REPORTS & FEATURES

Is breakfast the most important meal of the day?

By Jack Flanagan

The importance of breakfast may have been overestimated

I was telling my friend how excited I was for a trip to Florence. I explained how Italians usually have a cappuccino for breakfast, and that I was doing an article on breakfast habits. As a non-breakfast eater, I might even feel at home over there.

She seemed to ponder that for a while before asking, “Is that why Italians are so lazy?”

In a word, no. Even if the stereotype of a lethargic approach to life was true for Italians, breakfast would not be a key factor. Like many beliefs about science that have made their way into the wider public imagination, the importance of breakfast may have been overestimated.

In an article published by the American Journal of Clinical Nutrition in September, researchers decided to approach the breakfast question a little more skeptically than had been done before. They looked at dozens of studies, especially focusing on the link between breakfast and body weight.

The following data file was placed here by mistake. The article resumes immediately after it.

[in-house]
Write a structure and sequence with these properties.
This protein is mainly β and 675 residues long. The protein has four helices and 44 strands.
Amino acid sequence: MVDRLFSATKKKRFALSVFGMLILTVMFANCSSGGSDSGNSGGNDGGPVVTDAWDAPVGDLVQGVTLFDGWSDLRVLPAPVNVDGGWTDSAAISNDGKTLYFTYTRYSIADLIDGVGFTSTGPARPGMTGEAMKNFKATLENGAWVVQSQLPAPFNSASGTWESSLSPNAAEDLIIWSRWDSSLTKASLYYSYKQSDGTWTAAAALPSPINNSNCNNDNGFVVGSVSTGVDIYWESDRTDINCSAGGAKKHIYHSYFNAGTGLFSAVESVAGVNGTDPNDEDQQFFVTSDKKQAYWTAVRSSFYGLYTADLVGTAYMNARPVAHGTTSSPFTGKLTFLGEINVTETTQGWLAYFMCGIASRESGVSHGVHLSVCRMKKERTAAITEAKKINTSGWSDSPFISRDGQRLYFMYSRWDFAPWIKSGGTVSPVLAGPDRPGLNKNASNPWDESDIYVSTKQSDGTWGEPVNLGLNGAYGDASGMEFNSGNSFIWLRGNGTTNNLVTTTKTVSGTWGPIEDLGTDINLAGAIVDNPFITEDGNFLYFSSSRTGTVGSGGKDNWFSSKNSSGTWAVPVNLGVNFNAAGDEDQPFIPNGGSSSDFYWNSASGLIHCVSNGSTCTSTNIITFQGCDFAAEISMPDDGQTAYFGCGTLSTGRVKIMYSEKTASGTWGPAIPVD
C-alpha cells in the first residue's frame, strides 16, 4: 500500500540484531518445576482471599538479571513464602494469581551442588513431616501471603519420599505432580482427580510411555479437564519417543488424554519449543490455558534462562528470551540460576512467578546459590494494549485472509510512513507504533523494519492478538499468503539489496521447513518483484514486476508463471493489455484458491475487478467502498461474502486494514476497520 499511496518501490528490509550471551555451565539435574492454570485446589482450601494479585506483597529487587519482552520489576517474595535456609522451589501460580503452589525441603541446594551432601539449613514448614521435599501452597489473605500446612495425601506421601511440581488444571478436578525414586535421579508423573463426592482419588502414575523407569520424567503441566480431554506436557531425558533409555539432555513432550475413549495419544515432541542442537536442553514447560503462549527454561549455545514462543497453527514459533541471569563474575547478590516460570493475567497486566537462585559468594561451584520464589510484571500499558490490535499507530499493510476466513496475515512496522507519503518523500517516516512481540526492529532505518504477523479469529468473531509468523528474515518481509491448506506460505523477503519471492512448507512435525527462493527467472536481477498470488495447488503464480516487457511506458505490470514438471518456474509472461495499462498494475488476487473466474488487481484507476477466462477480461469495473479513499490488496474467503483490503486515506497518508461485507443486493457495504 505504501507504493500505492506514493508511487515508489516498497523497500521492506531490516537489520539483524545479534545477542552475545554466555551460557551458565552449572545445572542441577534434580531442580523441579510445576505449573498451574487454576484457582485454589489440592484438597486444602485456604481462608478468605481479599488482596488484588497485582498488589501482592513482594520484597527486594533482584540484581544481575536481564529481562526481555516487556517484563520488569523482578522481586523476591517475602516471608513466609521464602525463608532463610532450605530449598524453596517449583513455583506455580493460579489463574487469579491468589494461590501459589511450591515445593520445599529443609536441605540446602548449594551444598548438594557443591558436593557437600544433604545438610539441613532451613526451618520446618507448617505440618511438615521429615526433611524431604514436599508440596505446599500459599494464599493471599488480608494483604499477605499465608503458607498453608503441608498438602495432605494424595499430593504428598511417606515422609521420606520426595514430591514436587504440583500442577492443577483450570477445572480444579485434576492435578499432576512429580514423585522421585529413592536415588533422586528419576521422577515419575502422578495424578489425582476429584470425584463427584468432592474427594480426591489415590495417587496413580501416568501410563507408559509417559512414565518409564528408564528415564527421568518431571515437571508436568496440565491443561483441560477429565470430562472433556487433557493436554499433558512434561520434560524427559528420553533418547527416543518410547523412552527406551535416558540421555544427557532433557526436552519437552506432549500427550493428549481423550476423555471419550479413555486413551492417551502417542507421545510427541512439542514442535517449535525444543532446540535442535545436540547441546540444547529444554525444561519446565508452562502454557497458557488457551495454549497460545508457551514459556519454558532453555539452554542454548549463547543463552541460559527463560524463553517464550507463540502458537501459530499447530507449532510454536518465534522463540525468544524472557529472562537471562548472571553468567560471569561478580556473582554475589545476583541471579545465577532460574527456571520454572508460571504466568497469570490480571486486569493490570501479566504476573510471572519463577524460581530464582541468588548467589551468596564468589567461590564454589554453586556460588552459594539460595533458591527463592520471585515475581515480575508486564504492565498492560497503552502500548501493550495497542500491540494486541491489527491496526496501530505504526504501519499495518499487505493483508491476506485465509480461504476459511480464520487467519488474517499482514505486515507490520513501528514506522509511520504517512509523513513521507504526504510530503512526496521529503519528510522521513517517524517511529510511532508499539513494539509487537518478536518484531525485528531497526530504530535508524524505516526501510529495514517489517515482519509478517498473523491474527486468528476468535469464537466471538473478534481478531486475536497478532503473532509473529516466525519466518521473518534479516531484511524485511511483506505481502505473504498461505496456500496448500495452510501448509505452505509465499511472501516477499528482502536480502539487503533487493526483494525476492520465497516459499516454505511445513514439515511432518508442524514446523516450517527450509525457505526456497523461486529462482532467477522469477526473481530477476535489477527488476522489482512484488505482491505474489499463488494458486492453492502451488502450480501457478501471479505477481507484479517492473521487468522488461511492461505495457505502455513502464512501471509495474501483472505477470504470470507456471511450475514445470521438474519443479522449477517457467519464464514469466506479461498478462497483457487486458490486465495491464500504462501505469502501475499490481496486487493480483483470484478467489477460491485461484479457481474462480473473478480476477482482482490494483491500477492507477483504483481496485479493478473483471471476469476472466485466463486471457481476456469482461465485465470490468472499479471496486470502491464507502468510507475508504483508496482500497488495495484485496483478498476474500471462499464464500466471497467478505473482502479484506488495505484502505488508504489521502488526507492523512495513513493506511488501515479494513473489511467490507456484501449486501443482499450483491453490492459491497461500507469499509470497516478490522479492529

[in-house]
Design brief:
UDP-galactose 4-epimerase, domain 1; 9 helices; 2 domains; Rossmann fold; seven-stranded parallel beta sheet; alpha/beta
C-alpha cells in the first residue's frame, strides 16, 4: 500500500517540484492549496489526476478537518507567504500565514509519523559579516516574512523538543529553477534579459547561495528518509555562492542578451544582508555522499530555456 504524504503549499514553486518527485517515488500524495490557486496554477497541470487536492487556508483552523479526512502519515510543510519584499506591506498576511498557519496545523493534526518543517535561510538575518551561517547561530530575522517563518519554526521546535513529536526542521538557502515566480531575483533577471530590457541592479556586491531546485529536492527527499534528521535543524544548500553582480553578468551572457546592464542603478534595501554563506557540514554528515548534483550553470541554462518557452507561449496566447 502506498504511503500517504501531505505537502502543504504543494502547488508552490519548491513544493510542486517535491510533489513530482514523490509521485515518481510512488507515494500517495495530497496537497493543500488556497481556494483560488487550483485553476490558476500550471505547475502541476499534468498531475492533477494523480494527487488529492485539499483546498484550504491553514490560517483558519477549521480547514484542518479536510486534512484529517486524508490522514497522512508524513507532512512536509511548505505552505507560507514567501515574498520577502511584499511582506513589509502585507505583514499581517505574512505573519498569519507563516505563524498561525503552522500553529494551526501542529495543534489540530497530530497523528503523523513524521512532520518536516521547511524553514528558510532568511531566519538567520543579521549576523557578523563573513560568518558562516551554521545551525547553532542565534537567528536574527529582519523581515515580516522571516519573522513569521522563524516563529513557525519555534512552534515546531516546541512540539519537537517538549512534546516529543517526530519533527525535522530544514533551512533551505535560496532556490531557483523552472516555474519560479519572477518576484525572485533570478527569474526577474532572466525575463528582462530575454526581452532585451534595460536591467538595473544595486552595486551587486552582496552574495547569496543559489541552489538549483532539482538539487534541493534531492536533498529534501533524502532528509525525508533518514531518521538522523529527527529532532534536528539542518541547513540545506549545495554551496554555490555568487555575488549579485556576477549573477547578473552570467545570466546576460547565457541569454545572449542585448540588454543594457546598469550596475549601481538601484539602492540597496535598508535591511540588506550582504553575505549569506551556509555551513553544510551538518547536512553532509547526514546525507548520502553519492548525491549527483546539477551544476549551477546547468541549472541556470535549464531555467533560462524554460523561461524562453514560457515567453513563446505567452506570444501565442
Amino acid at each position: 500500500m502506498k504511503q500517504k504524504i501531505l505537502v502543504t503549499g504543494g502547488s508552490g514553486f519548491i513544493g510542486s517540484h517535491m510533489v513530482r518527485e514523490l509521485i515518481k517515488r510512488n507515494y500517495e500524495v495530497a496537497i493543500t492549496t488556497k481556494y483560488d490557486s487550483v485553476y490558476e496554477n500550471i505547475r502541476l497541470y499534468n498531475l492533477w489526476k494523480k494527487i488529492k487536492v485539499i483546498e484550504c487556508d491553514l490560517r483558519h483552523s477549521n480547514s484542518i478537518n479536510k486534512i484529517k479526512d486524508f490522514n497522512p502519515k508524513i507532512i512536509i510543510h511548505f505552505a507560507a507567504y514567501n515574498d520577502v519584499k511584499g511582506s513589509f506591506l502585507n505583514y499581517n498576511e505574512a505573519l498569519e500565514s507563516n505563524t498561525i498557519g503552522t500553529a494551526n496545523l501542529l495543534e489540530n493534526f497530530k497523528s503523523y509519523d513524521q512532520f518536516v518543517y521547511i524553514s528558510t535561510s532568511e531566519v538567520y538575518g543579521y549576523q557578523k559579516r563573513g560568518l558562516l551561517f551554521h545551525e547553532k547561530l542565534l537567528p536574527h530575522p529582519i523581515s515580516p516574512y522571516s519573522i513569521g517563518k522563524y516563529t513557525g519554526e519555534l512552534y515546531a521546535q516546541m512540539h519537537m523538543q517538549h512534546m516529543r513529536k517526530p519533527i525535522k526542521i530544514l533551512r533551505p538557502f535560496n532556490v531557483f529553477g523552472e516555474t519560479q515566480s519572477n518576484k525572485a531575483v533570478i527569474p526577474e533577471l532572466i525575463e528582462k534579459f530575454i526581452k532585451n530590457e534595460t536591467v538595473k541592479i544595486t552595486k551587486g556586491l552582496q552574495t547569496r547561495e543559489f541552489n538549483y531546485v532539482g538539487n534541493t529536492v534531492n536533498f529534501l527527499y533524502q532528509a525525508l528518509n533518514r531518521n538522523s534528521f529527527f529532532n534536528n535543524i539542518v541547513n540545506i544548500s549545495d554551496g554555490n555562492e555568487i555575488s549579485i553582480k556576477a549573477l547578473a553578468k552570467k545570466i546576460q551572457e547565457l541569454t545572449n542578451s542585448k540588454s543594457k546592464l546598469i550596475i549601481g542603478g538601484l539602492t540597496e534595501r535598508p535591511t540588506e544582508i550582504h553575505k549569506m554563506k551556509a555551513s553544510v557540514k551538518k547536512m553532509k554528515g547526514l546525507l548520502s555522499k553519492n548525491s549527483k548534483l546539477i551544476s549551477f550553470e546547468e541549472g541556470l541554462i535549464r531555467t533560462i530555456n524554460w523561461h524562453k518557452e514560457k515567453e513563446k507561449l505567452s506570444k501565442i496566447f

They wanted to know: Is breakfast really the most important meal of the day?

What’s the science?

Let’s step back. Many nutrition experts claim that breakfast is important because it helps with weight management. The logic is varied, but it comes down to the idea that a healthy breakfast (high in slow-release foods) kickstarts your metabolism for the day.

The idea makes an intuitive sort of sense. You eat your Weetabix and you can easily visualize all your stomach enzymes working away at those carbs all day long. Unfortunately, it might not be the case.